By Feb. 24, signs of pending Russian aggression against Oksana Dudko’s home country of Ukraine had been visible for months.
Yet the University of Toronto graduate student says it was still a shock to open Facebook and Instagram and see her friends in Kyiv sharing the sounds of bombs falling around them.
“No one expected such a ruthless war was coming – that that would be the first day of a full-scale invasion where the whole country would be targeted,” says Dudko, a PhD candidate in the department of history who is cross-appointed to the Anne Tanenbaum Centre for Jewish Studies in the Faculty of Arts & Science.
“It’s a radical change from the Ukraine that I know.”
Many of Dudko’s friends are fighting on the front lines – specifically in Kharkiv, a city in eastern Ukraine next to the Russian border. Like much of the Ukrainian army, Dudko’s friends are not trained soldiers – they are scholars, artists and cultural workers who have volunteered to take up the fight. Some of their families are under constant shelling, hiding in basements. And, as war broke out, they were all in desperate need of medical supplies.
So Dudko, who specializes in modern Ukrainian history and 20th-century European history, left Canada for Warsaw and then onward to Lviv to help. She connected with colleagues abroad to source and transport medical kits to their friends and relatives, across the border to Lviv and throughout Ukraine. What began as an intimate effort evolved into a broader grassroots network of dedicated volunteers who delivered supplies – under rampant shelling – to civilians who were managing everything from chronic diseases to war wounds.
Left: A wrapped and reinforced Neptune fountain in Rynok Square. Across the country, Ukrainians wrapped monuments and statues to protect them from possible Russian shelling and bombardment. Lviv, May 16, 2022. Right: A Ukrainian soldier prays in St. Petro and Pavlo Garrison Church. In the background, wrapped church statues are visible. The church frequently serves as a venue for military funerals. Lviv, May 11, 2022. (photos by Oksana Dudko)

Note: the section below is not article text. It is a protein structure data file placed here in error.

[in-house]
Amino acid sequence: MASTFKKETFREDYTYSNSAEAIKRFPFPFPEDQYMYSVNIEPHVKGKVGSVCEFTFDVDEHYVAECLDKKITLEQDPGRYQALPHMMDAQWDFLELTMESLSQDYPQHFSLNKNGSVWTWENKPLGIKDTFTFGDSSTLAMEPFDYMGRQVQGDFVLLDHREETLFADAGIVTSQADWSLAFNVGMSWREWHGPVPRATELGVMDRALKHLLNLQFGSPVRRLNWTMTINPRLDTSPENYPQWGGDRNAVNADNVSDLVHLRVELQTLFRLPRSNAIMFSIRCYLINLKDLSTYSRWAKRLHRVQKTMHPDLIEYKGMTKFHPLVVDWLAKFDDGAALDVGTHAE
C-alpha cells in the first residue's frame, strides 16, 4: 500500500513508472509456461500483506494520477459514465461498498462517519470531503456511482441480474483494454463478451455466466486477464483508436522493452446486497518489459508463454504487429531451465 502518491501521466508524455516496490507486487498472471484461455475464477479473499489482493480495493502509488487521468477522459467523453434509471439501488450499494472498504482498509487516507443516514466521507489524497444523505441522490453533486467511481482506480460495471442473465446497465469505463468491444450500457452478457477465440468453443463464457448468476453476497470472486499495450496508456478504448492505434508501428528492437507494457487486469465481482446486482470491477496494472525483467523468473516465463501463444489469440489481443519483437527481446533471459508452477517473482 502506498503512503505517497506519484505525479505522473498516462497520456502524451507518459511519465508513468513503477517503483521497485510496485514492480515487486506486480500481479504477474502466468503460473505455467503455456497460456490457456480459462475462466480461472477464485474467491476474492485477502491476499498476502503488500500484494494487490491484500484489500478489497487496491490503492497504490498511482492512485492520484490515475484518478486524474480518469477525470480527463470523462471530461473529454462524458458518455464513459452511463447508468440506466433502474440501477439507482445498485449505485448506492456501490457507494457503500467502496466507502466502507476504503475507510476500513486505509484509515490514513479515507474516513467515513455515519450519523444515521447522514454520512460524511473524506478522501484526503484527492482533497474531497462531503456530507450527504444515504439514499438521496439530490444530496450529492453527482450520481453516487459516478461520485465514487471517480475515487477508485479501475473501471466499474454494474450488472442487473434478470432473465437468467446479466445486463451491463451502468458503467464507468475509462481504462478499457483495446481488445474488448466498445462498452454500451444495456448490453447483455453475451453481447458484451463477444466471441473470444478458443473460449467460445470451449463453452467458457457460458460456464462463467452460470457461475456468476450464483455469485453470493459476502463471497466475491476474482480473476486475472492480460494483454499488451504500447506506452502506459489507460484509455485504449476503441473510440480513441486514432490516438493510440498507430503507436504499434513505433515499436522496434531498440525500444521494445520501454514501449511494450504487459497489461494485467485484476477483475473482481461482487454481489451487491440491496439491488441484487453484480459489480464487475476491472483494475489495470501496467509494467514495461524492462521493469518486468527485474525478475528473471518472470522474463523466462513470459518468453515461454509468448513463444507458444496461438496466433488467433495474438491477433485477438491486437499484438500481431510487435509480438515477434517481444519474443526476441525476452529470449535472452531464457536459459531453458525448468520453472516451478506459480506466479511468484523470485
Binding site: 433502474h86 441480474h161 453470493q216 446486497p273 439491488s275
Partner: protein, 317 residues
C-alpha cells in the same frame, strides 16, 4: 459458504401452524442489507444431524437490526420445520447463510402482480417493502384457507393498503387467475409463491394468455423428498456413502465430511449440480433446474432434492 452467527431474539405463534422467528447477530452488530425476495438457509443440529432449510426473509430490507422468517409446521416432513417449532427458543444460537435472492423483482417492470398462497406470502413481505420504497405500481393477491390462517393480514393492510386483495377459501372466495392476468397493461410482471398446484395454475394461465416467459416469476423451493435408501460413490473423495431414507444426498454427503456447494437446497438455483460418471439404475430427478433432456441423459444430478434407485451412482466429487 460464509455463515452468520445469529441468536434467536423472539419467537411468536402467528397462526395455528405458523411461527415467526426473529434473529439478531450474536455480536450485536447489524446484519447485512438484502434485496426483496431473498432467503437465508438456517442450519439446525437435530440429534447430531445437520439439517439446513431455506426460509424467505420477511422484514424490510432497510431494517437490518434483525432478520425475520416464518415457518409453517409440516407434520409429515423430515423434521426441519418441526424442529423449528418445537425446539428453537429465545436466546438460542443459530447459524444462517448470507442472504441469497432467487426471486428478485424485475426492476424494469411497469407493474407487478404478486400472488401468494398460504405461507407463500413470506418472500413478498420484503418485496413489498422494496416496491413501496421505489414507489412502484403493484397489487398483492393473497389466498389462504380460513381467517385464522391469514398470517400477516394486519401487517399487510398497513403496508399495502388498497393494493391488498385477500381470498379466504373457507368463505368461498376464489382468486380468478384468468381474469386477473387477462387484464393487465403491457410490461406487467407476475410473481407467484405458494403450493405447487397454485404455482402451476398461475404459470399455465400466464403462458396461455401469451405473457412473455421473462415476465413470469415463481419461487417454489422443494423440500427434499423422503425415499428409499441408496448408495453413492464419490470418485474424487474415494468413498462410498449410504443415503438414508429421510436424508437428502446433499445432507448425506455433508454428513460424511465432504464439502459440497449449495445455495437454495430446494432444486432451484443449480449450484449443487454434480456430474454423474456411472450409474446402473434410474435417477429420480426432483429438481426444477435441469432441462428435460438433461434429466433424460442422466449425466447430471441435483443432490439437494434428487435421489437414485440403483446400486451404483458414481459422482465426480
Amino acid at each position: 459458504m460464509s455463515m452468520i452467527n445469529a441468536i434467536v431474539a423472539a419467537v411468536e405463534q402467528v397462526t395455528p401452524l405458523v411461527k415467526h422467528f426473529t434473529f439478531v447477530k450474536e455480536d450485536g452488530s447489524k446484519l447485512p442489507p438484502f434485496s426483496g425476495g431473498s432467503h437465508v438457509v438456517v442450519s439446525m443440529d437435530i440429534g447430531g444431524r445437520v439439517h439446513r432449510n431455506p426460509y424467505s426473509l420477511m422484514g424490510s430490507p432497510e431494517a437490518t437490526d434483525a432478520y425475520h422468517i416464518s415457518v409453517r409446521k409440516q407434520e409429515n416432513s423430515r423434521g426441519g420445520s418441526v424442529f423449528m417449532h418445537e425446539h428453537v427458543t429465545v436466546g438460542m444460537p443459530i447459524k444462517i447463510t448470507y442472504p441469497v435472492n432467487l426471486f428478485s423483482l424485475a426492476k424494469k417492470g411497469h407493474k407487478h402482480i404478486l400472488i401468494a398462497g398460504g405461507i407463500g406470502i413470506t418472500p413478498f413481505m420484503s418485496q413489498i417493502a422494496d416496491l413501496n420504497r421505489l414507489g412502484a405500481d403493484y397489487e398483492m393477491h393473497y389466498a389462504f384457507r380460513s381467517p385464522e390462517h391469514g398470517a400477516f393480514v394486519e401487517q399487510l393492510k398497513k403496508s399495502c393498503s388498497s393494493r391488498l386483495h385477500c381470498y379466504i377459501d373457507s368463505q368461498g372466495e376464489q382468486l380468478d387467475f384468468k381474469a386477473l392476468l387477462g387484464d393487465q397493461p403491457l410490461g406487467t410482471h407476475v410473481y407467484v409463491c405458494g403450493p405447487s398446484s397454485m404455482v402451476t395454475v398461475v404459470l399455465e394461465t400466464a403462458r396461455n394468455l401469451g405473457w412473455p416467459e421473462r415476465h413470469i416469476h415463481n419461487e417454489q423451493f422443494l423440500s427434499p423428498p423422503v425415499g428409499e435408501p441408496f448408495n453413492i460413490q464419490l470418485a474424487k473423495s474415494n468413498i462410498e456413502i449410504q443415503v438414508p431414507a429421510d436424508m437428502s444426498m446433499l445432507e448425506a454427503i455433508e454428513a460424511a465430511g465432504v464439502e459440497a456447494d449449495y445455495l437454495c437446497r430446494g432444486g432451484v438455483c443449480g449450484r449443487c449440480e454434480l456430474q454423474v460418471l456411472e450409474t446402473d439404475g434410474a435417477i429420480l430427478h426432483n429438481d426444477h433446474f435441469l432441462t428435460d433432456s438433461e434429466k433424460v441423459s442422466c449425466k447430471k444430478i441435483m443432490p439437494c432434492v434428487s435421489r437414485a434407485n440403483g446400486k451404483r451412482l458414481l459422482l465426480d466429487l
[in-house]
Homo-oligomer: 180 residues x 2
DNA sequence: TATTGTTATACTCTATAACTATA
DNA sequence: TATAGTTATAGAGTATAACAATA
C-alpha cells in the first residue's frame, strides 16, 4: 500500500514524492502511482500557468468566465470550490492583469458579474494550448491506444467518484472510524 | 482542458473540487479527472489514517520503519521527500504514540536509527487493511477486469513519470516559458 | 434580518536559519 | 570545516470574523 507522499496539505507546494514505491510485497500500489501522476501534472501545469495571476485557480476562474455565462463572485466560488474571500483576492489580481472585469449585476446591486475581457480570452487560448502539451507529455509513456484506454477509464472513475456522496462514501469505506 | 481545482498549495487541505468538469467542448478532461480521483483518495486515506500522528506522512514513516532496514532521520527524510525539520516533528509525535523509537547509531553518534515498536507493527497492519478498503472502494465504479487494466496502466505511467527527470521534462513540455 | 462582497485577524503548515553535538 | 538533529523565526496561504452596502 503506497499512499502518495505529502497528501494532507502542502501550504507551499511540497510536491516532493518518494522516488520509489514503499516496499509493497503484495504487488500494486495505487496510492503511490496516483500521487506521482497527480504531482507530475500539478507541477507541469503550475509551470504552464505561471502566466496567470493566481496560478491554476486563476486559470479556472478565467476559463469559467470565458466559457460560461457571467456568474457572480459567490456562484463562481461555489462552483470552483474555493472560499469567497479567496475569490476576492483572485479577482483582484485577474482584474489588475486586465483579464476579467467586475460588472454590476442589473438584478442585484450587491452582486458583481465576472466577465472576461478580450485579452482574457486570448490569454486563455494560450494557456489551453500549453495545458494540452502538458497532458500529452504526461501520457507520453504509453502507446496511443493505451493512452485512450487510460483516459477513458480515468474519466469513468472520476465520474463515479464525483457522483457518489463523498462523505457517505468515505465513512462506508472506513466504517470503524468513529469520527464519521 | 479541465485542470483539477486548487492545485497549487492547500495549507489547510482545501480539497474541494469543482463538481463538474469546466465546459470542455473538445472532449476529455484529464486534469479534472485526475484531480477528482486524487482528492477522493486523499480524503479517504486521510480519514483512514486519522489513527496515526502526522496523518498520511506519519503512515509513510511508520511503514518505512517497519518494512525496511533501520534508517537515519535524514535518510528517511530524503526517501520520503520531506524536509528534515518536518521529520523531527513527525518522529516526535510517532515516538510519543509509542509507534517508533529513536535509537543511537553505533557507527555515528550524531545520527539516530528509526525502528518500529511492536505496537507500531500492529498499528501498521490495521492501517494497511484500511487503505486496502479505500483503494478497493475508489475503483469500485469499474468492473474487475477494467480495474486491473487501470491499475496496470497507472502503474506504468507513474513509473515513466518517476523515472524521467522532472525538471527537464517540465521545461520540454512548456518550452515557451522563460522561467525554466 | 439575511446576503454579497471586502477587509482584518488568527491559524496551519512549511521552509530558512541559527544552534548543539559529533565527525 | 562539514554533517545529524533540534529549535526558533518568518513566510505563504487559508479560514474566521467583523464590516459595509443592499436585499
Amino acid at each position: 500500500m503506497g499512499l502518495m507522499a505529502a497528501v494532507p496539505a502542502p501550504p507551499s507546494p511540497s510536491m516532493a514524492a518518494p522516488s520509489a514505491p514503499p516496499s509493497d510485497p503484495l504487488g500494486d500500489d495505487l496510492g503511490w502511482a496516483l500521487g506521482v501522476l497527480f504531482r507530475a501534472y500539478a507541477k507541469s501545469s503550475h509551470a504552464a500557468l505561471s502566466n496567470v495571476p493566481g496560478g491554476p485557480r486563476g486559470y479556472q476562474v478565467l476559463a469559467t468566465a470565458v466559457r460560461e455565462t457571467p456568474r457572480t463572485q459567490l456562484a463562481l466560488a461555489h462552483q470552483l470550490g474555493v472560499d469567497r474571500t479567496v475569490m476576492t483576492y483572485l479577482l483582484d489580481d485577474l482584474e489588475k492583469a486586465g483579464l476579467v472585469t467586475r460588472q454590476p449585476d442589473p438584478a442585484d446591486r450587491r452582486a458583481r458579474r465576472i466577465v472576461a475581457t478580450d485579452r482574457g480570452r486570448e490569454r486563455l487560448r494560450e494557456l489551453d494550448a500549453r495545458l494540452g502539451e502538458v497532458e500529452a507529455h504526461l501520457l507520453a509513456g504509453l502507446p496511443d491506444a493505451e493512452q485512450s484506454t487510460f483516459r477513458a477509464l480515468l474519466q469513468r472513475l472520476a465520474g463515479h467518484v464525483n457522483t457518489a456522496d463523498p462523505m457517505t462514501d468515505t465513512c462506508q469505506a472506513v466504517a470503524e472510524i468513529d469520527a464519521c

“Because Kharkiv is an active war zone, some large humanitarian convoys were not able to enter it,” says Dudko. “I’m a scholar and my colleagues are scholars who work at cultural centres like the Kharkiv Academic Puppet Theatre. We aren’t professional humanitarian volunteers. We just had this feeling that we must do anything we can to be actively involved – because it's our country, our city and our neighbourhood.”
It’s been more than six months since the war began and there’s now a more established network of humanitarian initiatives.
“Back then, we didn’t realize that the war was going to be so long,” says Dudko. “The media coverage has lessened, but war is still going on, more brutal than ever in eastern and southern Ukraine. We need to be optimistic and strong and keep helping Ukrainians in the face of what feels like a war of attrition.”
The war in Ukraine is not only deeply personal for Dudko. As a historian of the First World War and revolutions in Eastern Europe, she also understands how it is steeped in patterns of the past.
She left her home of Lviv in 2015 to pursue her PhD under the supervision of Piotr Wróbel, a professor in the department of history who holds the Konstanty Reynart Chair of Polish History. Also on her dissertation committee: University Professor Lynne Viola and Professor Doris Bergen, the Chancellor Rose and Ray Wolfe Professor of Holocaust Studies.
Dudko’s research and teaching bring her back to Ukraine often.